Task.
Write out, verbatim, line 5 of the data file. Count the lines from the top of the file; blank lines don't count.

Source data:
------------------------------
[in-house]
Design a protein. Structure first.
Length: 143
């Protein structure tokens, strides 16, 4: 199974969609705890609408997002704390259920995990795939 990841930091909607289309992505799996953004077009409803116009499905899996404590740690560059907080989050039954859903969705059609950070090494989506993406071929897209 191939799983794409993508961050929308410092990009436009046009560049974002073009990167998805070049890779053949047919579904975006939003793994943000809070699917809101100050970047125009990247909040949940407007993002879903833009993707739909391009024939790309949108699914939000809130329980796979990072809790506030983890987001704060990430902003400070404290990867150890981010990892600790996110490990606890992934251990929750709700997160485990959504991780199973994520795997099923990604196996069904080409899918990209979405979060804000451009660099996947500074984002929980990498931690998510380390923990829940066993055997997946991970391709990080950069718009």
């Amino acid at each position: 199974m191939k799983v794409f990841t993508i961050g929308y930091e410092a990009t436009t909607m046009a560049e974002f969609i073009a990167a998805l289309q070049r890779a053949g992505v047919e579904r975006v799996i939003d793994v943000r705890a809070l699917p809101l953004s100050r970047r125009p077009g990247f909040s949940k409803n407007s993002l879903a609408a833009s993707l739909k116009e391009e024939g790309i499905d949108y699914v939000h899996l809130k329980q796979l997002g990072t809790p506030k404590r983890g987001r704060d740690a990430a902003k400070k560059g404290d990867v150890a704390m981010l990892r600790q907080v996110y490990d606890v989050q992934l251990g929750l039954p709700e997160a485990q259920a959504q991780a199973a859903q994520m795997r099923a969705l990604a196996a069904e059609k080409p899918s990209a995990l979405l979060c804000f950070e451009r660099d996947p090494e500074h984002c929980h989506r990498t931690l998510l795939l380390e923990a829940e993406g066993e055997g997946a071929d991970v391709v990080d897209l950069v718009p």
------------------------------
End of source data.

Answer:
């Amino acid at each position: 199974m191939k799983v794409f990841t993508i961050g929308y930091e410092a990009t436009t909607m046009a560049e974002f969609i073009a990167a998805l289309q070049r890779a053949g992505v047919e579904r975006v799996i939003d793994v943000r705890a809070l699917p809101l953004s100050r970047r125009p077009g990247f909040s949940k409803n407007s993002l879903a609408a833009s993707l739909k116009e391009e024939g790309i499905d949108y699914v939000h899996l809130k329980q796979l997002g990072t809790p506030k404590r983890g987001r704060d740690a990430a902003k400070k560059g404290d990867v150890a704390m981010l990892r600790q907080v996110y490990d606890v989050q992934l251990g929750l039954p709700e997160a485990q259920a959504q991780a199973a859903q994520m795997r099923a969705l990604a196996a069904e059609k080409p899918s990209a995990l979405l979060c804000f950070e451009r660099d996947p090494e500074h984002c929980h989506r990498t931690l998510l795939l380390e923990a829940e993406g066993e055997g997946a071929d991970v391709v990080d897209l950069v718009p």